The mechanism(s) by which fatty acids are sequestered and transported in muscle have not been fully elucidated. A potential key player in this process is the protein myoglobin (Mb). Indeed, there is a catalogue of empirical evidence supporting direct interaction of globins with fatty acid metabolites; however, the binding pocket and regulation of the interaction remains to be established. In this study, we employed a computational strategy to elucidate the structural determinants of fatty acids (palmitic & oleic acid) binding to Mb. Sequence analysis and docking simulations with a horse (Equus caballus) structural Mb reference reveals a fatty acid-binding site in the hydrophobic cleft near the heme region in Mb. Both palmitic acid and oleic acid attain a "U" shaped structure similar to their conformation in pockets of other fatty acid-binding proteins. Specifically, we found that the carboxyl head group of palmitic acid coordinates with the amino group of Lys45, whereas the carboxyl group of oleic acid coordinates with both the amino groups of Lys45 and Lys63. The alkyl tails of both fatty acids are supported by surrounding hydrophobic residues Leu29, Leu32, Phe33, Phe43, Phe46, Val67, Val68 and Ile107. In the saturated palmitic acid, the hydrophobic tail moves freely and occasionally penetrates deeper inside the hydrophobic cleft, making additional contacts with Val28, Leu69, Leu72 and Ile111. Our simulations reveal a dynamic and stable binding pocket in which the oxygen molecule and heme group in Mb are required for additional hydrophobic interactions. Taken together, these findings support a mechanism in which Mb acts as a muscle transporter for fatty acid when it is in the oxygenated state and releases fatty acid when Mb converts to deoxygenated state.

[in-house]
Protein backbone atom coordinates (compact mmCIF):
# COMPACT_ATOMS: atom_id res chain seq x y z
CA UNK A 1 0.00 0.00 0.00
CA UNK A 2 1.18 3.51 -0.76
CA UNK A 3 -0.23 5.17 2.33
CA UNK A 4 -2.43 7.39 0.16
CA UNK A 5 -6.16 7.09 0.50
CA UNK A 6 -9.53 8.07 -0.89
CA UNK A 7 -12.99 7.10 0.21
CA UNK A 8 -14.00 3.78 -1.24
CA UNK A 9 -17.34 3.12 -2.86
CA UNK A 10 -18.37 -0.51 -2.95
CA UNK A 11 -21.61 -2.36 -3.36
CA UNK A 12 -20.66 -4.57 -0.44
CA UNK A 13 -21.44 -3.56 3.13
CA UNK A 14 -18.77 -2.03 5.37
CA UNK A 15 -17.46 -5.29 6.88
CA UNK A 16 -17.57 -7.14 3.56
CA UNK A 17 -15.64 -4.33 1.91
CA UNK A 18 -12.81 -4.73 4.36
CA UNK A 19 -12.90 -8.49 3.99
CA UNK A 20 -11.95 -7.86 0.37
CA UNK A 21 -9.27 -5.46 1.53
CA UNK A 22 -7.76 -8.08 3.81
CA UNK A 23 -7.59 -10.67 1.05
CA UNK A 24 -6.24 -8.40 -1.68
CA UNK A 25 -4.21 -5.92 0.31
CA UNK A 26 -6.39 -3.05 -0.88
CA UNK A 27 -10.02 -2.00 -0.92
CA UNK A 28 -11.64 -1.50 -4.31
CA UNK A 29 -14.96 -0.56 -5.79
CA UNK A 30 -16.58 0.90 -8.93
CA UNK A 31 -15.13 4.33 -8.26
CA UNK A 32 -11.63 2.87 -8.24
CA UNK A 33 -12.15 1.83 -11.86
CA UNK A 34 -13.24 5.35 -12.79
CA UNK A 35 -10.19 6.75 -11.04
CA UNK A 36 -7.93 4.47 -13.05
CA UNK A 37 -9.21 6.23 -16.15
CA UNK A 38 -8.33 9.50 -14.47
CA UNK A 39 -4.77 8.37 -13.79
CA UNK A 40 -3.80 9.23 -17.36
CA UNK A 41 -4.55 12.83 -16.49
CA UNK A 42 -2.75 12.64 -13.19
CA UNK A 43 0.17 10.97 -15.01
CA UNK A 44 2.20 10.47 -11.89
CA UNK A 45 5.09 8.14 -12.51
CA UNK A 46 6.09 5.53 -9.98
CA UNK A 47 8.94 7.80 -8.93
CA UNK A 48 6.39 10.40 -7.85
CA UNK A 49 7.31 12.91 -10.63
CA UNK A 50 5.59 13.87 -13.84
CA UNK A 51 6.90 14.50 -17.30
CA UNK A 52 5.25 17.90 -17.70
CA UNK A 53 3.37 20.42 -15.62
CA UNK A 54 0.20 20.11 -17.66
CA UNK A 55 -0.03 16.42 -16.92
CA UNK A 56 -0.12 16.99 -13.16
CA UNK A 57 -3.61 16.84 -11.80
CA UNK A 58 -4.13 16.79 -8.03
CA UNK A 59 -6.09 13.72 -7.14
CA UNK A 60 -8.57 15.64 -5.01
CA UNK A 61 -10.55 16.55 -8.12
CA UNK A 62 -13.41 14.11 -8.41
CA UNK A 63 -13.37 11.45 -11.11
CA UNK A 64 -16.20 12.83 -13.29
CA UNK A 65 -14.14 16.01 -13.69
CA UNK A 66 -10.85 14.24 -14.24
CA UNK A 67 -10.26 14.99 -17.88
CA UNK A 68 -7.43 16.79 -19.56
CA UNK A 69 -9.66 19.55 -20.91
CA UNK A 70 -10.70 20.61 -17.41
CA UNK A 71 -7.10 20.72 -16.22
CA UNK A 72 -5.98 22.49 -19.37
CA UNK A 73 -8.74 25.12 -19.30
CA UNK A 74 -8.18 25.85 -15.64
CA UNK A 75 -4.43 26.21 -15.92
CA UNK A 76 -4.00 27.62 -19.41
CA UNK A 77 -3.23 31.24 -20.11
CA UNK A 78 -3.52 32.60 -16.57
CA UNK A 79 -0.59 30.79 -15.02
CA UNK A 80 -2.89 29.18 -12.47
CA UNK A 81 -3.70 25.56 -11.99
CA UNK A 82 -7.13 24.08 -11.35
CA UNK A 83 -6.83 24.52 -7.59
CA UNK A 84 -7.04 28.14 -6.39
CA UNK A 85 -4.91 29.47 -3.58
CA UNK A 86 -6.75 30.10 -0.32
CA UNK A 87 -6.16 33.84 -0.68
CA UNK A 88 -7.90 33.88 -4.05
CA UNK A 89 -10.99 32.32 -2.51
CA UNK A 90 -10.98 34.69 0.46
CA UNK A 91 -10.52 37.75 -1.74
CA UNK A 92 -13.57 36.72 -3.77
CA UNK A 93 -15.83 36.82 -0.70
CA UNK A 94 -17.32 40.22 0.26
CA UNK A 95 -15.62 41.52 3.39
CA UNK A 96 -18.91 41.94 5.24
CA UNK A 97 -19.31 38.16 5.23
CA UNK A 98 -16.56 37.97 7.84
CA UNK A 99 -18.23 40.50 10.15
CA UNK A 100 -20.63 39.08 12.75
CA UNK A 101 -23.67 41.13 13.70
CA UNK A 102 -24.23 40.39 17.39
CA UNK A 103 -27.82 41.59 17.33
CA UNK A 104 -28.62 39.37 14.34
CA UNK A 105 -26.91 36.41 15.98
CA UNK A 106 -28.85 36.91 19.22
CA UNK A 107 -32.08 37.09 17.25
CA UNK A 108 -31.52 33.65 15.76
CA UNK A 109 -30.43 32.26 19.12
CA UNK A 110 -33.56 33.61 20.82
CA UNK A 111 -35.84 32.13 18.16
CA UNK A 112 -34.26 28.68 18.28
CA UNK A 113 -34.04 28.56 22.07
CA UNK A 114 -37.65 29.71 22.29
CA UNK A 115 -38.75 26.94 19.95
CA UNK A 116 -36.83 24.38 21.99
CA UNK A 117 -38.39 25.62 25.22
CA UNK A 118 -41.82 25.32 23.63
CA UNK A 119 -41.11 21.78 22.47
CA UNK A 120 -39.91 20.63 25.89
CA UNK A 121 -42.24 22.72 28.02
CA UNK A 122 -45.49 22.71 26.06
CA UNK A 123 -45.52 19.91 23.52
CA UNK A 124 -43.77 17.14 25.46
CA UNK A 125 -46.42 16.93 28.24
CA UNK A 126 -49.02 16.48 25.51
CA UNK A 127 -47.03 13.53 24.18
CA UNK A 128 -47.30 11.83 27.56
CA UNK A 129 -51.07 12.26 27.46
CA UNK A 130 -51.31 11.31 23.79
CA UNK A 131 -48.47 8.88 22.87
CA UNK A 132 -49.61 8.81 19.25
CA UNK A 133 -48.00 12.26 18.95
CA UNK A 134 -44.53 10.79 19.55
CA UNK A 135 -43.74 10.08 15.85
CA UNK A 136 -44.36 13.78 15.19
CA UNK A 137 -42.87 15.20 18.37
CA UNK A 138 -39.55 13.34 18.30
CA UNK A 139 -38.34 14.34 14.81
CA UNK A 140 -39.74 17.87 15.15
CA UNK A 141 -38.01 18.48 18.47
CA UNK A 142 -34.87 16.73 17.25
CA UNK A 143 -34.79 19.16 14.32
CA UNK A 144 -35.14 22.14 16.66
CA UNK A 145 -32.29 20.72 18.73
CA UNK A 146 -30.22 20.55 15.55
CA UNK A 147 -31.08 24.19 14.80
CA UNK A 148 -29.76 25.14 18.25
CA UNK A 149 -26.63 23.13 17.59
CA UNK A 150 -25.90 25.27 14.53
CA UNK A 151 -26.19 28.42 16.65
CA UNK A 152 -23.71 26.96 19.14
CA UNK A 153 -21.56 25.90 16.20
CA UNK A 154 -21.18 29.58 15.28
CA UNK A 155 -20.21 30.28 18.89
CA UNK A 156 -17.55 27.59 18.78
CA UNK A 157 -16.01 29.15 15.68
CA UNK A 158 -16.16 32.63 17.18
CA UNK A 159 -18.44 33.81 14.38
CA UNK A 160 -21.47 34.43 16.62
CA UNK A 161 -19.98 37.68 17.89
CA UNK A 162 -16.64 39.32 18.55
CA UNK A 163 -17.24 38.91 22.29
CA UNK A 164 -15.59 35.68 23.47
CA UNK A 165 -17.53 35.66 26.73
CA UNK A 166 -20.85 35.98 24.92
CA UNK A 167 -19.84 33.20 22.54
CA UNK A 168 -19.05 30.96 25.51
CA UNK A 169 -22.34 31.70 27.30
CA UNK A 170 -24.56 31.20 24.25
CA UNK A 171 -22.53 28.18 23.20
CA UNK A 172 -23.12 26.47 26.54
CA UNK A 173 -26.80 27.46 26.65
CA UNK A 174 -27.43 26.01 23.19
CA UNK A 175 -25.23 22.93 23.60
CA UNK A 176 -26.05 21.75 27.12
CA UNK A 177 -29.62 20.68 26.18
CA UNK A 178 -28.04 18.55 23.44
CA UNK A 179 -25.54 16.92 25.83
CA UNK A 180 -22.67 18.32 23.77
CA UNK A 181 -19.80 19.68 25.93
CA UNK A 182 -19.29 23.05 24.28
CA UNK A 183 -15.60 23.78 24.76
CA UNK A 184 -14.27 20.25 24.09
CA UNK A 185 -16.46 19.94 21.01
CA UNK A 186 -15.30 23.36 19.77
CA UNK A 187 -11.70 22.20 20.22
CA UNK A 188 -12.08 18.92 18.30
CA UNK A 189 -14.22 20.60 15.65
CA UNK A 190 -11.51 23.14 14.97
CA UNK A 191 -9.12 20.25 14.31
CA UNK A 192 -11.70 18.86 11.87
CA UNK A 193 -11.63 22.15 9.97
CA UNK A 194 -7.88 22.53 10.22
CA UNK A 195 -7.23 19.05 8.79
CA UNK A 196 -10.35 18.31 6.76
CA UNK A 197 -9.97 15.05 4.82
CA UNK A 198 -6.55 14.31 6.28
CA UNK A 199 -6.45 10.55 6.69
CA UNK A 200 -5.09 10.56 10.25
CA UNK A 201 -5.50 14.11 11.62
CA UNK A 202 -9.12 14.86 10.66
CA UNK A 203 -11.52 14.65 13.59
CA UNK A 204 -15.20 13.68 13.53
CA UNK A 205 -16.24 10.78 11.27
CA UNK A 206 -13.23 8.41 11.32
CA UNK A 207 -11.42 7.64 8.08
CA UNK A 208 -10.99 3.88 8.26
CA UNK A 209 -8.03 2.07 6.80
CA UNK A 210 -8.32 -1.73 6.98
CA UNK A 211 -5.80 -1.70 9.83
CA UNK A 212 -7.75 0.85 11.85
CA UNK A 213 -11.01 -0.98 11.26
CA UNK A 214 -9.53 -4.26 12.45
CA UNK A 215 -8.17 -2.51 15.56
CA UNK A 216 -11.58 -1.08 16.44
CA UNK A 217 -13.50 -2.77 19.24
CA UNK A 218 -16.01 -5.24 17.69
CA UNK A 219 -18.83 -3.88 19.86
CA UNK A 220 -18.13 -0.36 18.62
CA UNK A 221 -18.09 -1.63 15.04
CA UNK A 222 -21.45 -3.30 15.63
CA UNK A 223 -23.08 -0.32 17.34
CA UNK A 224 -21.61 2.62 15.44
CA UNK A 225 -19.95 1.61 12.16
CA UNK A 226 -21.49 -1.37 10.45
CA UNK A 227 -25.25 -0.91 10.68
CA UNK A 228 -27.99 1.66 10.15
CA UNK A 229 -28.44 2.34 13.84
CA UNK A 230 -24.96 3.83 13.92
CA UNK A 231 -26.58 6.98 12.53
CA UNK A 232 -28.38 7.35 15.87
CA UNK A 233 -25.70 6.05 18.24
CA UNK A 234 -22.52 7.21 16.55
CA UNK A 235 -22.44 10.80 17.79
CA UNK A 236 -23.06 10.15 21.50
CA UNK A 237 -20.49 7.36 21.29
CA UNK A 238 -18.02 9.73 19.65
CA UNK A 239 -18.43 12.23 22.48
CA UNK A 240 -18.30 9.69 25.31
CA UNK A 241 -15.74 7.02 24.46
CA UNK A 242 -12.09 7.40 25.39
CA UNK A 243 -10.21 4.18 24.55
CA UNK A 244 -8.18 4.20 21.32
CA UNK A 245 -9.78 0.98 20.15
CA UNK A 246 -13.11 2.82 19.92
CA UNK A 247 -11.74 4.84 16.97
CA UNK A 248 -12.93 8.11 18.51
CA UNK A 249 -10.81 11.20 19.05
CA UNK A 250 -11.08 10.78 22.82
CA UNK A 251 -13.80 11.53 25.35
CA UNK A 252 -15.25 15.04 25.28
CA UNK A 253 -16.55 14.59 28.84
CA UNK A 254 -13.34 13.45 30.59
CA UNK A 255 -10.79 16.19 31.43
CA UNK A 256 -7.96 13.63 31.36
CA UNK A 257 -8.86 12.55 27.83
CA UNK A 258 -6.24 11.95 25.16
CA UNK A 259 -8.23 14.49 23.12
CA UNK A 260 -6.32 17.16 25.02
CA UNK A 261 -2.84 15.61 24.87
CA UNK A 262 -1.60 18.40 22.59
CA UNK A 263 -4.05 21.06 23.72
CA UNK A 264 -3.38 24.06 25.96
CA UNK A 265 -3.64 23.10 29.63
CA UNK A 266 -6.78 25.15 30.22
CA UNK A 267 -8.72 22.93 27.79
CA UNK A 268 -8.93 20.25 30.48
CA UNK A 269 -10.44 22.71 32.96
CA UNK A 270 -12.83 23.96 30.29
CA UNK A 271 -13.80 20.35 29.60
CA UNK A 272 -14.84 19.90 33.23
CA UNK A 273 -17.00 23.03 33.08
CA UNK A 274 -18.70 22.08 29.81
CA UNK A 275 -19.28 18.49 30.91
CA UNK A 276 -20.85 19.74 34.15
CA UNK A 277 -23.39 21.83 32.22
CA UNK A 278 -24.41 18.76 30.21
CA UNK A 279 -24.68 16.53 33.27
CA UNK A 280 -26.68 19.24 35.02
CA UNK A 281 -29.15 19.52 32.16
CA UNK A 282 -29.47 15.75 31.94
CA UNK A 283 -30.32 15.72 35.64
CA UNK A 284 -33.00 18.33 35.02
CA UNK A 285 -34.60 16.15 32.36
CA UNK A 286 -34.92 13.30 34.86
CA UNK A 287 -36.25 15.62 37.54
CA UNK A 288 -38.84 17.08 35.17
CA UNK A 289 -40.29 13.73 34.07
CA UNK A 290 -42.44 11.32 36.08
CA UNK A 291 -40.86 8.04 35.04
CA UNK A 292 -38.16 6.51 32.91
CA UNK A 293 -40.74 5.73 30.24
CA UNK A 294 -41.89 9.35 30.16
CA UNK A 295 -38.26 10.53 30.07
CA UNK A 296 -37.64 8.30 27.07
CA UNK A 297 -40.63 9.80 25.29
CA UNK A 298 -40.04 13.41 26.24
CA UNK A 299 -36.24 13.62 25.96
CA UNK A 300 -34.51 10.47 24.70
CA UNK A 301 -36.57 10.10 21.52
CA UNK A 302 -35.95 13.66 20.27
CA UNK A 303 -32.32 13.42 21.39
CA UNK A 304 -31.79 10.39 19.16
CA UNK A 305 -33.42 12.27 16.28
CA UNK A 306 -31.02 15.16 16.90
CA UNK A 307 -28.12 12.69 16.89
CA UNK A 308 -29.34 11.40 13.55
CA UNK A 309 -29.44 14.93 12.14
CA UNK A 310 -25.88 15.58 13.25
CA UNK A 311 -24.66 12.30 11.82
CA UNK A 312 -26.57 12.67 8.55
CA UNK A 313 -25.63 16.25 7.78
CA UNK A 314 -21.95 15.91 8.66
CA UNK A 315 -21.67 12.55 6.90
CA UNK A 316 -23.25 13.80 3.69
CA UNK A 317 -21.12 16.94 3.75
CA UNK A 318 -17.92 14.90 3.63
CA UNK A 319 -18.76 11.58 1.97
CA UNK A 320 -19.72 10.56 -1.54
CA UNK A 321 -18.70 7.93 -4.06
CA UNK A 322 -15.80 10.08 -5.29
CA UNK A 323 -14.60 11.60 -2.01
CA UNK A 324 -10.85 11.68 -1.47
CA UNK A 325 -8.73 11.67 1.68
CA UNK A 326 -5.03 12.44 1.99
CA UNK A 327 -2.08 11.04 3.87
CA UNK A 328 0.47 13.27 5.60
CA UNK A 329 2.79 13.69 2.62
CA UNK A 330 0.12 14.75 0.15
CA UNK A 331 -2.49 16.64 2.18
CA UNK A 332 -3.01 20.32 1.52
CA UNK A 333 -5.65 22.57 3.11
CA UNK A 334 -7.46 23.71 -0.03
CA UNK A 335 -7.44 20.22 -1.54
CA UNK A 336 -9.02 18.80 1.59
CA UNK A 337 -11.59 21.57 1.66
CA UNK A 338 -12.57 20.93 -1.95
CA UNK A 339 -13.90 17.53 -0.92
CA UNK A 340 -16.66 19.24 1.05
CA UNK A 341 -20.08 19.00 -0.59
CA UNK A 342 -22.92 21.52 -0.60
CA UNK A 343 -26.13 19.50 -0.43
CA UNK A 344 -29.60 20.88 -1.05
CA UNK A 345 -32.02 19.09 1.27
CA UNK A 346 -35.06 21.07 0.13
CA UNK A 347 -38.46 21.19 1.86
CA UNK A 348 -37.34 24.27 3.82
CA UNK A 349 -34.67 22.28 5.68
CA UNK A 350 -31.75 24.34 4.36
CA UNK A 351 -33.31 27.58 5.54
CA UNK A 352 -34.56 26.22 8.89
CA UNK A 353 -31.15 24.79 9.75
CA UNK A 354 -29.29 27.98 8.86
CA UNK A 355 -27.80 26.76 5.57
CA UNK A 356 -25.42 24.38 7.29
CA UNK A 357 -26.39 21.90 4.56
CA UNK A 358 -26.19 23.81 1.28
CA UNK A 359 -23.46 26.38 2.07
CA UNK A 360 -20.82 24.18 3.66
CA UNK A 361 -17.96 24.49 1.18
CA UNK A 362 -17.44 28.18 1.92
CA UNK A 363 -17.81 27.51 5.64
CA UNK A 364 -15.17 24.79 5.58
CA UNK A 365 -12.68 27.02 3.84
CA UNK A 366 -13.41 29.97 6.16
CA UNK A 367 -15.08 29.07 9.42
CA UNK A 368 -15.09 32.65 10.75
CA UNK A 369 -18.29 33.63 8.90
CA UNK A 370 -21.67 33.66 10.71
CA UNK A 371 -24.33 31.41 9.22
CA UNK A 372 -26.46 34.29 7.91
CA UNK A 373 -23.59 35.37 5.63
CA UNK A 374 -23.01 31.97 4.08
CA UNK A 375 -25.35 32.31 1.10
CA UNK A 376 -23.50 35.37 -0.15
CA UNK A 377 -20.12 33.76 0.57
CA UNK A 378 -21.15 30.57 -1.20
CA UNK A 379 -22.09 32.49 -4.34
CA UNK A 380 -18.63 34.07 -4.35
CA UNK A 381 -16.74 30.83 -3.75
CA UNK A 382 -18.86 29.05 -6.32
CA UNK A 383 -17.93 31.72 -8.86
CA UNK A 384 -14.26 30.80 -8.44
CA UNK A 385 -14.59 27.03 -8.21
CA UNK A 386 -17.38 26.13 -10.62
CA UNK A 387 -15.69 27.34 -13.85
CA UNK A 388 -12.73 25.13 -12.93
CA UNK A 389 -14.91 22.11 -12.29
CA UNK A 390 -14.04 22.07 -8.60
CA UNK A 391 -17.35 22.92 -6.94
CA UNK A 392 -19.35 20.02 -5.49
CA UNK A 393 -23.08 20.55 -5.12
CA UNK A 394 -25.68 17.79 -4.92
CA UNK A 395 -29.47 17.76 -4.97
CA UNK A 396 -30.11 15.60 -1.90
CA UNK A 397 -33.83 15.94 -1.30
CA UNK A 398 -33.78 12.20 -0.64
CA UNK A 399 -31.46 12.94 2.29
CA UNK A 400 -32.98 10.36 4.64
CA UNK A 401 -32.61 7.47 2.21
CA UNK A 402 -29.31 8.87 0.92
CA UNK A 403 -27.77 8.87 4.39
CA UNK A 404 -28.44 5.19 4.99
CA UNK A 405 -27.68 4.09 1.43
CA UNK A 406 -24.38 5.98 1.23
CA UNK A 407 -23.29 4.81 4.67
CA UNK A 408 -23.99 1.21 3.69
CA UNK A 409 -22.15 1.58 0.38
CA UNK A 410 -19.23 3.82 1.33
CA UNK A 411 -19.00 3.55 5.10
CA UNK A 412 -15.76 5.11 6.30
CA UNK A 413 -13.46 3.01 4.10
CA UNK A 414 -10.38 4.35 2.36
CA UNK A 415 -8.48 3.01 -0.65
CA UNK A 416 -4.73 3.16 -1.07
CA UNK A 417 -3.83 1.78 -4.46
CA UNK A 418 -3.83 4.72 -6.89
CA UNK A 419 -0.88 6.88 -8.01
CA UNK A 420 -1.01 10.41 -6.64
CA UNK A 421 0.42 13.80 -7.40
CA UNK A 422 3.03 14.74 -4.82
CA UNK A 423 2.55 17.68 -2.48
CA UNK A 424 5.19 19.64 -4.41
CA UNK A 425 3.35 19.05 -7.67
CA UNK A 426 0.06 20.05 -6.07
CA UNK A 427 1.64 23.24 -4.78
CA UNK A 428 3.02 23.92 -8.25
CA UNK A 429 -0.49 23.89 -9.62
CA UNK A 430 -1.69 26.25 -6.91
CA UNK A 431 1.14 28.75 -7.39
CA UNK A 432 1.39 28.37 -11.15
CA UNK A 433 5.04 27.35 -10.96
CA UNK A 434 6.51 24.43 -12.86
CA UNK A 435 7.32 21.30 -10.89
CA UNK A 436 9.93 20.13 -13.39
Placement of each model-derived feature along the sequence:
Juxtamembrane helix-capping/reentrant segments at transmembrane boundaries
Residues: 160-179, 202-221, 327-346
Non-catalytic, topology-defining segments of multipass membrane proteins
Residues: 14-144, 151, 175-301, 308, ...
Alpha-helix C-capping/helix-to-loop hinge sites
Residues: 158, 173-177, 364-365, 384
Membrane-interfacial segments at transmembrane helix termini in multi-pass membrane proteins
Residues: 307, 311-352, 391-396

ASJC Scopus subject areas
- Agricultural and Biological Sciences(all)
- Biochemistry, Genetics and Molecular Biology(all)